Remember the Dialogue
Sure, yer louking for splging errors and typohs in your classmate’s work. Be kind. Bee helpful. There feelings count. But Please keep the following in mind as you edit, two:
Closely examine the paper to make sure there is more showing and less telling. Indicate where the author could use dialogue or description to make the story more vivid. Check for dialogue format. Remember indents and that a new paragraph is made for a new speaker. Note how to punctuate correctly.
Ms. Gokturk said, “I know that you can jazz up this essay a bit more.” She looked away momentarily as she collected her thoughts. “Essays put us to sleep when we are being lectured. People like to imagine being there, so dialogue and descriptions help our imaginations along.”
“But I thought I had dialogue,” the expos student whined, “Isn’t this enough?” The whine lingered in the air like the scraping on a chalkboard.
“More!” Ms. G barked. “More! More! More! Don’t tell us about the conversation! Show us the conversation!”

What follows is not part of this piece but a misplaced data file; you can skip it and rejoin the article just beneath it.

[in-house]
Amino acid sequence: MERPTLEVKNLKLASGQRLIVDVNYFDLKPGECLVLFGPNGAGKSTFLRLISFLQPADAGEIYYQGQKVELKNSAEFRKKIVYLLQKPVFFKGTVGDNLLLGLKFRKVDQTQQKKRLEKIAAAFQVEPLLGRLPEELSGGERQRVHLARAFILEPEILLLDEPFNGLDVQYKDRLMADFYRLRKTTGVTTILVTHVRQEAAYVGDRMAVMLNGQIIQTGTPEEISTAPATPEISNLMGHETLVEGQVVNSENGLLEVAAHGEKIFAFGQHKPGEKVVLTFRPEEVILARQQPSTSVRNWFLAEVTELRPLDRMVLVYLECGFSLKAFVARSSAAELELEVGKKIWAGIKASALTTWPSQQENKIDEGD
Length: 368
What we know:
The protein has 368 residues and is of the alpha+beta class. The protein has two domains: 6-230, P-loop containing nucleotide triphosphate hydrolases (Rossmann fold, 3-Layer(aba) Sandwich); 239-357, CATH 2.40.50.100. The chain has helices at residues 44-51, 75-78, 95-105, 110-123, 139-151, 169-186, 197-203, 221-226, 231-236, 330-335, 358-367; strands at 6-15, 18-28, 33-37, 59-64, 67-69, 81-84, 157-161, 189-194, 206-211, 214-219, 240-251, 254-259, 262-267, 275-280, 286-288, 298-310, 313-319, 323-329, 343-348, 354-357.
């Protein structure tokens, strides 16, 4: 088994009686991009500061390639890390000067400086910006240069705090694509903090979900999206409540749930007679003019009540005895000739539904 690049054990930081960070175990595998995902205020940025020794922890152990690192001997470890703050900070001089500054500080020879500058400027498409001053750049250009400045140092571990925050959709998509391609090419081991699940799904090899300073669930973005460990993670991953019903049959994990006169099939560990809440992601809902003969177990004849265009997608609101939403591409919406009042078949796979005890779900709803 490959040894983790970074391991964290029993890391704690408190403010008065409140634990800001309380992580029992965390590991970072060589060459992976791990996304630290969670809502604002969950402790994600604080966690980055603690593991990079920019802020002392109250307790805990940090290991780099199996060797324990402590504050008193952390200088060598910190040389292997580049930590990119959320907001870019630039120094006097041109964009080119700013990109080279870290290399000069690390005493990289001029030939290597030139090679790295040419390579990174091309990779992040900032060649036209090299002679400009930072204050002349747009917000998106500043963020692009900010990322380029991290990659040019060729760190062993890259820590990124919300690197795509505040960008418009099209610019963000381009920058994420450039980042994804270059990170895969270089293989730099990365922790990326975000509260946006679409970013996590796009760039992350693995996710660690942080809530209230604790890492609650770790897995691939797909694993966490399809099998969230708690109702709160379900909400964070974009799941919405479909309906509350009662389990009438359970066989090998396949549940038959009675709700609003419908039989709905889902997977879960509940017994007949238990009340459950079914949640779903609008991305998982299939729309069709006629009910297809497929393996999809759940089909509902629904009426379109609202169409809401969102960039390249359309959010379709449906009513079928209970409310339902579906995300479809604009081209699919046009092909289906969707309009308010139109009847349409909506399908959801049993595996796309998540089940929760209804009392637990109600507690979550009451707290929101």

“This is lame,” he muttered under his breath. He added, “Oh well, Ms. G, you are so wise, you must be right. I’ll do it.”
The student received an A+ on his final draft.
· Suggest where the author could replace LAZY adjectives and verbs with lively ones. Take off 2 points for each lazy word you find! That’ll show ‘em!
· Suggest where the author could use metaphors or similes: “Her smile was like the sun…” or “He was the sun in her life…” Extended metaphors work well also when appropriate. Enforcing the theme of the essay with these is a great way to make the writing come alive.